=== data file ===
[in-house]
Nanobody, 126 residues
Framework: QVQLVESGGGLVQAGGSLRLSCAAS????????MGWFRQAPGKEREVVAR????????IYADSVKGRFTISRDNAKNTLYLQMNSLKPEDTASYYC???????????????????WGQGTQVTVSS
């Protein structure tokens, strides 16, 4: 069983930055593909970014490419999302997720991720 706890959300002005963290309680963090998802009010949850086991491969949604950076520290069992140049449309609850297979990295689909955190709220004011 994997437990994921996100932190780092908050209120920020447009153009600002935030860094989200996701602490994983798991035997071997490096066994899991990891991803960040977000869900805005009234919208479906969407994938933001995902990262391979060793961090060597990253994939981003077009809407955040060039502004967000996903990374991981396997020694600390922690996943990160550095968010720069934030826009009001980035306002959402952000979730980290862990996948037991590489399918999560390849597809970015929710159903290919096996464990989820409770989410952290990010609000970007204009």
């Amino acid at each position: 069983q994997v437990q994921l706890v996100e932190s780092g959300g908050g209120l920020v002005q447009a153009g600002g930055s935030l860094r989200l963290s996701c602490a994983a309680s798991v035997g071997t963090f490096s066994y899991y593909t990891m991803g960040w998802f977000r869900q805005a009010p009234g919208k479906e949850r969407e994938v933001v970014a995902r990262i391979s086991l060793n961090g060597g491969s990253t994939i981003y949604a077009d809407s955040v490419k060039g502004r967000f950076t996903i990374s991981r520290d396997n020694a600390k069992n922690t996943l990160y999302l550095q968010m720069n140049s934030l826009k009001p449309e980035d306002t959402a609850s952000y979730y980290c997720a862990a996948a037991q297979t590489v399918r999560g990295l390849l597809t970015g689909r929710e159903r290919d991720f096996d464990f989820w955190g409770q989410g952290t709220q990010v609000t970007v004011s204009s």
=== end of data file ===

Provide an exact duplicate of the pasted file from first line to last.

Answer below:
[in-house]
Nanobody, 126 residues
Framework: QVQLVESGGGLVQAGGSLRLSCAAS????????MGWFRQAPGKEREVVAR????????IYADSVKGRFTISRDNAKNTLYLQMNSLKPEDTASYYC???????????????????WGQGTQVTVSS
């Protein structure tokens, strides 16, 4: 069983930055593909970014490419999302997720991720 706890959300002005963290309680963090998802009010949850086991491969949604950076520290069992140049449309609850297979990295689909955190709220004011 994997437990994921996100932190780092908050209120920020447009153009600002935030860094989200996701602490994983798991035997071997490096066994899991990891991803960040977000869900805005009234919208479906969407994938933001995902990262391979060793961090060597990253994939981003077009809407955040060039502004967000996903990374991981396997020694600390922690996943990160550095968010720069934030826009009001980035306002959402952000979730980290862990996948037991590489399918999560390849597809970015929710159903290919096996464990989820409770989410952290990010609000970007204009």
């Amino acid at each position: 069983q994997v437990q994921l706890v996100e932190s780092g959300g908050g209120l920020v002005q447009a153009g600002g930055s935030l860094r989200l963290s996701c602490a994983a309680s798991v035997g071997t963090f490096s066994y899991y593909t990891m991803g960040w998802f977000r869900q805005a009010p009234g919208k479906e949850r969407e994938v933001v970014a995902r990262i391979s086991l060793n961090g060597g491969s990253t994939i981003y949604a077009d809407s955040v490419k060039g502004r967000f950076t996903i990374s991981r520290d396997n020694a600390k069992n922690t996943l990160y999302l550095q968010m720069n140049s934030l826009k009001p449309e980035d306002t959402a609850s952000y979730y980290c997720a862990a996948a037991q297979t590489v399918r999560g990295l390849l597809t970015g689909r929710e159903r290919d991720f096996d464990f989820w955190g409770q989410g952290t709220q990010v609000t970007v004011s204009s």